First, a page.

Increasing Appropriate Social Interactions of Children With Autistic Spectrum Disorders Using Social Stories
Date of Award
Doctor of Philosophy (PhD)
To date there are only a handful of studies to validate the use of social stories as an effective behavioral intervention. Most of these studies have been conducted in order to decrease inappropriate behaviors (e.g., aggression, screaming, and grabbing toys) rather than teaching appropriate social skills, and most studies combined social stories with another intervention. This study investigated the effectiveness of social stories used without the combination of another intervention in order to increase appropriate social interactions (i.e., conversation or play skills) of 3 children with autistic spectrum disorders who were between the ages of 8 and 13 toward their peers via a multiple baseline design. During baseline, participants demonstrated little appropriate social interaction although all had some previously acquired functional expressive language. An increase in appropriate social interactions occurred for 2 of the 3 participants when the intervention was implemented. The findings suggest that social stories used in isolation may be a valuable intervention for some children with autism; however, the population for whom they are most effective has not been identified.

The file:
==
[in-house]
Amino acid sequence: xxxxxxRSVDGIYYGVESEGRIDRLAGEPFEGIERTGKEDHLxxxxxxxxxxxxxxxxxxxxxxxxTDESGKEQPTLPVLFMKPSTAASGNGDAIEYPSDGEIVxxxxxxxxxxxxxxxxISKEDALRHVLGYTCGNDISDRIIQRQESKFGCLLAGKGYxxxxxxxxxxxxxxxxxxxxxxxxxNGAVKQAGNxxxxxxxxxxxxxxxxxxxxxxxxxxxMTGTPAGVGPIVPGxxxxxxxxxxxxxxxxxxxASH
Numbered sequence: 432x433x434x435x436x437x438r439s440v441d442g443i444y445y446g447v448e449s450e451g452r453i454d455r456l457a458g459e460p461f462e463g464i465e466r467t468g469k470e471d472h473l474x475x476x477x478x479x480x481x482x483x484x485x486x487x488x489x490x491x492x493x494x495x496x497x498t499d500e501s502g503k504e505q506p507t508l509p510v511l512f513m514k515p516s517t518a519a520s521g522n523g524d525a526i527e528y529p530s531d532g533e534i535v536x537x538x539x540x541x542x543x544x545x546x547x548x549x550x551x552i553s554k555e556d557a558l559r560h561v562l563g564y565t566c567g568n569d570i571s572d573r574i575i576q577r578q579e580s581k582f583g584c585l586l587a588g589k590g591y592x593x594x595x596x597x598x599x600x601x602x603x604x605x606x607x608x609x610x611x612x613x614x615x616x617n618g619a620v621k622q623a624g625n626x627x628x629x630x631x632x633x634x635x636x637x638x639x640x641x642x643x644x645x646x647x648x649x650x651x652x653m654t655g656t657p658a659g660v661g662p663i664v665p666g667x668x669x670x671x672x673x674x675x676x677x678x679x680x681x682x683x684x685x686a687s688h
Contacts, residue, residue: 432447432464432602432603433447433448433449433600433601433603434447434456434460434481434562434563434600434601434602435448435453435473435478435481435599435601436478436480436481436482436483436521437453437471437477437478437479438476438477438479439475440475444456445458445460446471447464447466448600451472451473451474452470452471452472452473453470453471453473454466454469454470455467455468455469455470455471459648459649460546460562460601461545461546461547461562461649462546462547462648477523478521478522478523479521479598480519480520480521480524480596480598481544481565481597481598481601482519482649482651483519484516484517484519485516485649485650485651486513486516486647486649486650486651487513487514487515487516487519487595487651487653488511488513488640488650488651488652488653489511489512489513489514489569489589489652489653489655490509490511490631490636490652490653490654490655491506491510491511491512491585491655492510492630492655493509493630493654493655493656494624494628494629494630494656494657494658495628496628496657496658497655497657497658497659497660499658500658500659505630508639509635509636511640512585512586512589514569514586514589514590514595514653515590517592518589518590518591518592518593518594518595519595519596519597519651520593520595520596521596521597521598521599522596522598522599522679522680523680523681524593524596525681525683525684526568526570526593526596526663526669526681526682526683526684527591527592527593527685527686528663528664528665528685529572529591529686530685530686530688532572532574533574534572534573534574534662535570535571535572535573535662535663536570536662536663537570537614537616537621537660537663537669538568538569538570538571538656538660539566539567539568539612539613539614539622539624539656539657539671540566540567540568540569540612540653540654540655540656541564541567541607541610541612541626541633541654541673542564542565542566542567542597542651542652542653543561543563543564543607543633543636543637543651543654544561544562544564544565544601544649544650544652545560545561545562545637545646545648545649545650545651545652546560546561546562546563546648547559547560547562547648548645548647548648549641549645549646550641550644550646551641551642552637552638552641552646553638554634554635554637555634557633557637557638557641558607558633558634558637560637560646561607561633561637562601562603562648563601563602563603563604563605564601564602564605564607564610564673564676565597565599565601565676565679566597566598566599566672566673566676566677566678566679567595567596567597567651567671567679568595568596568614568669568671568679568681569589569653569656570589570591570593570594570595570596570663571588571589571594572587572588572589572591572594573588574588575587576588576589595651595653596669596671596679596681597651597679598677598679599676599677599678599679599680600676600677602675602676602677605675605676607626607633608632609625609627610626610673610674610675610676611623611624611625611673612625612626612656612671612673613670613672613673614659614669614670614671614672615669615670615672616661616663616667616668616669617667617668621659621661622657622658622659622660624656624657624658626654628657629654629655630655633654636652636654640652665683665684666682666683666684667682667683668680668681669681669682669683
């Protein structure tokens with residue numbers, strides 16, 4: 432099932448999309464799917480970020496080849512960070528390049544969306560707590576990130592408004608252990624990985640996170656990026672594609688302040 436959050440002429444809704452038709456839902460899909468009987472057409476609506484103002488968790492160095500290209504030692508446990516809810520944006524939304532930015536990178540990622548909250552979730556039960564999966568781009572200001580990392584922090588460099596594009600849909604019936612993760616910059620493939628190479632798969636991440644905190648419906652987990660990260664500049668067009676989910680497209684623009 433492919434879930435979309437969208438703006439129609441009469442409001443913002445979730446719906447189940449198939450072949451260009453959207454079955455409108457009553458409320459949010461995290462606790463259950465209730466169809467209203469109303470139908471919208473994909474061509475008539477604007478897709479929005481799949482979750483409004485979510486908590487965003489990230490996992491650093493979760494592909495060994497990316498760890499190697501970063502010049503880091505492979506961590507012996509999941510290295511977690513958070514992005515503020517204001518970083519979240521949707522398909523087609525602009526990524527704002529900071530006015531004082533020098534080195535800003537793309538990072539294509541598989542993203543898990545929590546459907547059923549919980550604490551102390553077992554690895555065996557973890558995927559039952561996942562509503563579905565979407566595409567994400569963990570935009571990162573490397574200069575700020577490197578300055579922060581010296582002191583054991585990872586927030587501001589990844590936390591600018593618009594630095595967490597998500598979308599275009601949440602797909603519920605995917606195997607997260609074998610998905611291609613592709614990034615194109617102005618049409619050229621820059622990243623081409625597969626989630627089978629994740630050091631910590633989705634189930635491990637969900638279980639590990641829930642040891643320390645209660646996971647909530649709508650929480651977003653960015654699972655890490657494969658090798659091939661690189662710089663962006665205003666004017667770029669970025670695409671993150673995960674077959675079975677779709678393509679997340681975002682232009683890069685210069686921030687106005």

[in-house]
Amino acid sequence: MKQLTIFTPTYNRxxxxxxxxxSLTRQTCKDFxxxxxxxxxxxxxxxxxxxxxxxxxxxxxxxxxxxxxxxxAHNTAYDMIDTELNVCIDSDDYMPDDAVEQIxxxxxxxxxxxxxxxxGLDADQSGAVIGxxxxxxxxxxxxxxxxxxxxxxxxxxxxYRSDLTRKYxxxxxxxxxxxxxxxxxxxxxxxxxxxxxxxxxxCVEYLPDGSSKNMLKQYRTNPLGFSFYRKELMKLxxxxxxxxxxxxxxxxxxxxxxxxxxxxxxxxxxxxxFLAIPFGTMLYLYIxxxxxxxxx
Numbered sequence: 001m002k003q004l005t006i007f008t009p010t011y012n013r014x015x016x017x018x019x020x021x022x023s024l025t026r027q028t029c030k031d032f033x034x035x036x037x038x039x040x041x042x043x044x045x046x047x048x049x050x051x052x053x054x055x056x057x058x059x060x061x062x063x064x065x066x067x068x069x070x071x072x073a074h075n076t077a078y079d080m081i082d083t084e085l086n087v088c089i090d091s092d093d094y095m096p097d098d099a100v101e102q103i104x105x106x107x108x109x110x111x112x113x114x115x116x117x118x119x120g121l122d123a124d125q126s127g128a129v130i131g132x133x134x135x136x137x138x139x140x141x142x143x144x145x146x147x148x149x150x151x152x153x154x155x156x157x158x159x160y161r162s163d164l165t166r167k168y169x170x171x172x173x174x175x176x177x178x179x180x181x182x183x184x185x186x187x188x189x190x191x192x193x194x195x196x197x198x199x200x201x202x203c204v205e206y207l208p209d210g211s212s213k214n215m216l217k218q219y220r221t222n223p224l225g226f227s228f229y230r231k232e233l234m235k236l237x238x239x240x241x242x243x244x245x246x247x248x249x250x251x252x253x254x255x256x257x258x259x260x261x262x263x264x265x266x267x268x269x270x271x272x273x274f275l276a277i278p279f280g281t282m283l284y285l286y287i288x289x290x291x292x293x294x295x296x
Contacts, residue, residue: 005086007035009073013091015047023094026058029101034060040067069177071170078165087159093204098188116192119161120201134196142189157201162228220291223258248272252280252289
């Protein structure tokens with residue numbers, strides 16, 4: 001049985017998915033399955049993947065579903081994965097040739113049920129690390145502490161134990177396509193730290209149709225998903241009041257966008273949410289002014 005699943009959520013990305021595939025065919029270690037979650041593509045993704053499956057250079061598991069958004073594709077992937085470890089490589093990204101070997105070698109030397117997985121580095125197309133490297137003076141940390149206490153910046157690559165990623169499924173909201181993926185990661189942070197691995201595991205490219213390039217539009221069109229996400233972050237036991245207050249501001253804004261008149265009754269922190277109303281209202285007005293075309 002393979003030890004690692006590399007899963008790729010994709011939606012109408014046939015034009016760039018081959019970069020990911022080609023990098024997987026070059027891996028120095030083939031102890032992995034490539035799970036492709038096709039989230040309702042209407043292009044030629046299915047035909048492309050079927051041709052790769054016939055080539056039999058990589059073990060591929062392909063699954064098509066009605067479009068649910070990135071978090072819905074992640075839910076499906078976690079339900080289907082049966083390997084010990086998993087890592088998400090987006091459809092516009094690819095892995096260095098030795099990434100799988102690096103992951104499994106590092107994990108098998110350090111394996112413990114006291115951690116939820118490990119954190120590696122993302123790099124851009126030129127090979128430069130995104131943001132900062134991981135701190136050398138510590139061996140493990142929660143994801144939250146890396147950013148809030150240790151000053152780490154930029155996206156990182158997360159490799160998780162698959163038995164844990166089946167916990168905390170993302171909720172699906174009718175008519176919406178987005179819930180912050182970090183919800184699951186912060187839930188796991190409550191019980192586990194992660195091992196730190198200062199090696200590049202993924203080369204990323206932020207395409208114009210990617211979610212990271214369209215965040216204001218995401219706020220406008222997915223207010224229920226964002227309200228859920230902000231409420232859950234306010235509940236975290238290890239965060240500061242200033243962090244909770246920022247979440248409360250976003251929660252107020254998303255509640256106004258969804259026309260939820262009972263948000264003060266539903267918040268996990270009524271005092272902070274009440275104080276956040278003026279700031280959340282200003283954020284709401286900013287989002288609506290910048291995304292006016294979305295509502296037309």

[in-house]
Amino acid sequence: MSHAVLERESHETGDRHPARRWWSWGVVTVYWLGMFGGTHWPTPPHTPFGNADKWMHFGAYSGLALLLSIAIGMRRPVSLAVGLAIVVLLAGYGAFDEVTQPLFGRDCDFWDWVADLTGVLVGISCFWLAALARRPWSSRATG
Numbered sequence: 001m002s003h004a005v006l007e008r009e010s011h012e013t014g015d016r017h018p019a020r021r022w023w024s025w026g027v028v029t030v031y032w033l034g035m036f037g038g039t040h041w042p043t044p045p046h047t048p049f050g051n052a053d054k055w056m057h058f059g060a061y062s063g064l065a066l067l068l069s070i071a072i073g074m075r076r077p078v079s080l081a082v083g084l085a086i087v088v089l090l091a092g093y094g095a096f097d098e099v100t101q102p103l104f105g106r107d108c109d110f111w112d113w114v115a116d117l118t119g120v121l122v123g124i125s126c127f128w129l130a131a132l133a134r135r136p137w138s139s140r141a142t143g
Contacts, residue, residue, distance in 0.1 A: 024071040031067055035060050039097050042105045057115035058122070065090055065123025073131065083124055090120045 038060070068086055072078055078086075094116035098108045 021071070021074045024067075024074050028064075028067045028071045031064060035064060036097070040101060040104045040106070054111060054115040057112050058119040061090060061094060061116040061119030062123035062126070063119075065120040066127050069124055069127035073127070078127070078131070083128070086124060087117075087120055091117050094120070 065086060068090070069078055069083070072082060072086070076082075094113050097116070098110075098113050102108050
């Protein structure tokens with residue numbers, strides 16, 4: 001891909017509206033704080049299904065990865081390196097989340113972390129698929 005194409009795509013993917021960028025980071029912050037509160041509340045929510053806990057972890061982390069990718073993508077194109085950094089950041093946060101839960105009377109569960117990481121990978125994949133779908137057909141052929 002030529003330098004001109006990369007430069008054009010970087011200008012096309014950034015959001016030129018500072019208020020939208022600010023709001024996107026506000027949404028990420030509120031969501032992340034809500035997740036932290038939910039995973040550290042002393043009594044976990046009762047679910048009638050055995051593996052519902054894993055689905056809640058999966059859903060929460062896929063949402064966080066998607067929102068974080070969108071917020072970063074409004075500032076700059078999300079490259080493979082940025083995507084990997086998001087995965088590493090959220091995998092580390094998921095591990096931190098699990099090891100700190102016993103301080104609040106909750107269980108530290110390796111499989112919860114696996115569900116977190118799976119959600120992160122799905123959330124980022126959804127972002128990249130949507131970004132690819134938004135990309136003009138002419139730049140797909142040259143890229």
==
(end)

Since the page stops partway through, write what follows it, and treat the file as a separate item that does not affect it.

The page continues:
Scattone, Dorothy, "Increasing Appropriate Social Interactions of Children With Autistic Spectrum Disorders Using Social Stories" (2002). Dissertation Archive. 2474.